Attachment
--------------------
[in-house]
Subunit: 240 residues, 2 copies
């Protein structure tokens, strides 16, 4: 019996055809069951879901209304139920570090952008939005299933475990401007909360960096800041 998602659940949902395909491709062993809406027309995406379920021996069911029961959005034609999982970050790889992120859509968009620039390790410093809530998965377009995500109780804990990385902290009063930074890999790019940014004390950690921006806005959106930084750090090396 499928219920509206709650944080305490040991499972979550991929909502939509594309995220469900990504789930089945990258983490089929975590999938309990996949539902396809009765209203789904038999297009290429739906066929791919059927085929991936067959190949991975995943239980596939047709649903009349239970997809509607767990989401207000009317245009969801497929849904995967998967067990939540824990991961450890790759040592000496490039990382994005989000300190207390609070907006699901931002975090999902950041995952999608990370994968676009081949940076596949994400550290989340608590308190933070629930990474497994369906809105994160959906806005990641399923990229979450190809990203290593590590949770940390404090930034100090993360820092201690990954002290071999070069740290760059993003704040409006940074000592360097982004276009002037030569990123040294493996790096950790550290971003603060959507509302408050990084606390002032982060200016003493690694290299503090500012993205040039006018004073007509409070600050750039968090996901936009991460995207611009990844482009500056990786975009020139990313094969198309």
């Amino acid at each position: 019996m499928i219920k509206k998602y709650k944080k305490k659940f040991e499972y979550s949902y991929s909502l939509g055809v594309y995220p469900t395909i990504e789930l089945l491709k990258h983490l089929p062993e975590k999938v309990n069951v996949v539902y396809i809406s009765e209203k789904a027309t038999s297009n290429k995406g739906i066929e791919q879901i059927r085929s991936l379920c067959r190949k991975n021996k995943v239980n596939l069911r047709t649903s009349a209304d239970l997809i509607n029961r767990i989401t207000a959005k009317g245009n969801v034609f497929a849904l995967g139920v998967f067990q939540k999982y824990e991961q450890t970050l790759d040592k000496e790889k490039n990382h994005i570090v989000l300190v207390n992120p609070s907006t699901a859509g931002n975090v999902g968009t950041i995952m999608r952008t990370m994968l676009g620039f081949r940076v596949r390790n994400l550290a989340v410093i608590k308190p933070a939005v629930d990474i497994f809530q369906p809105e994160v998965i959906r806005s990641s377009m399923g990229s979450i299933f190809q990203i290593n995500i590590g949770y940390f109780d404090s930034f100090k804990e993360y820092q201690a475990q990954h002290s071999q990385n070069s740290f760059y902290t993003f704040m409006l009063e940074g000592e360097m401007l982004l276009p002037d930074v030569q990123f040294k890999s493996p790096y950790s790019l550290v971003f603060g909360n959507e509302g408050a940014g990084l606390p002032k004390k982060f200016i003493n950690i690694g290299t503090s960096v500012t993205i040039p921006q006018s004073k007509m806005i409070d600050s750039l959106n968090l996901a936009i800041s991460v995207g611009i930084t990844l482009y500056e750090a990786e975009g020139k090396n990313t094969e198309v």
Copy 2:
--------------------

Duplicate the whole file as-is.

[in-house]
Subunit: 240 residues, 2 copies
């Protein structure tokens, strides 16, 4: 019996055809069951879901209304139920570090952008939005299933475990401007909360960096800041 998602659940949902395909491709062993809406027309995406379920021996069911029961959005034609999982970050790889992120859509968009620039390790410093809530998965377009995500109780804990990385902290009063930074890999790019940014004390950690921006806005959106930084750090090396 499928219920509206709650944080305490040991499972979550991929909502939509594309995220469900990504789930089945990258983490089929975590999938309990996949539902396809009765209203789904038999297009290429739906066929791919059927085929991936067959190949991975995943239980596939047709649903009349239970997809509607767990989401207000009317245009969801497929849904995967998967067990939540824990991961450890790759040592000496490039990382994005989000300190207390609070907006699901931002975090999902950041995952999608990370994968676009081949940076596949994400550290989340608590308190933070629930990474497994369906809105994160959906806005990641399923990229979450190809990203290593590590949770940390404090930034100090993360820092201690990954002290071999070069740290760059993003704040409006940074000592360097982004276009002037030569990123040294493996790096950790550290971003603060959507509302408050990084606390002032982060200016003493690694290299503090500012993205040039006018004073007509409070600050750039968090996901936009991460995207611009990844482009500056990786975009020139990313094969198309």
């Amino acid at each position: 019996m499928i219920k509206k998602y709650k944080k305490k659940f040991e499972y979550s949902y991929s909502l939509g055809v594309y995220p469900t395909i990504e789930l089945l491709k990258h983490l089929p062993e975590k999938v309990n069951v996949v539902y396809i809406s009765e209203k789904a027309t038999s297009n290429k995406g739906i066929e791919q879901i059927r085929s991936l379920c067959r190949k991975n021996k995943v239980n596939l069911r047709t649903s009349a209304d239970l997809i509607n029961r767990i989401t207000a959005k009317g245009n969801v034609f497929a849904l995967g139920v998967f067990q939540k999982y824990e991961q450890t970050l790759d040592k000496e790889k490039n990382h994005i570090v989000l300190v207390n992120p609070s907006t699901a859509g931002n975090v999902g968009t950041i995952m999608r952008t990370m994968l676009g620039f081949r940076v596949r390790n994400l550290a989340v410093i608590k308190p933070a939005v629930d990474i497994f809530q369906p809105e994160v998965i959906r806005s990641s377009m399923g990229s979450i299933f190809q990203i290593n995500i590590g949770y940390f109780d404090s930034f100090k804990e993360y820092q201690a475990q990954h002290s071999q990385n070069s740290f760059y902290t993003f704040m409006l009063e940074g000592e360097m401007l982004l276009p002037d930074v030569q990123f040294k890999s493996p790096y950790s790019l550290v971003f603060g909360n959507e509302g408050a940014g990084l606390p002032k004390k982060f200016i003493n950690i690694g290299t503090s960096v500012t993205i040039p921006q006018s004073k007509m806005i409070d600050s750039l959106n968090l996901a936009i800041s991460v995207g611009i930084t990844l482009y500056e750090a990786e975009g020139k090396n990313t094969e198309v």
Copy 2: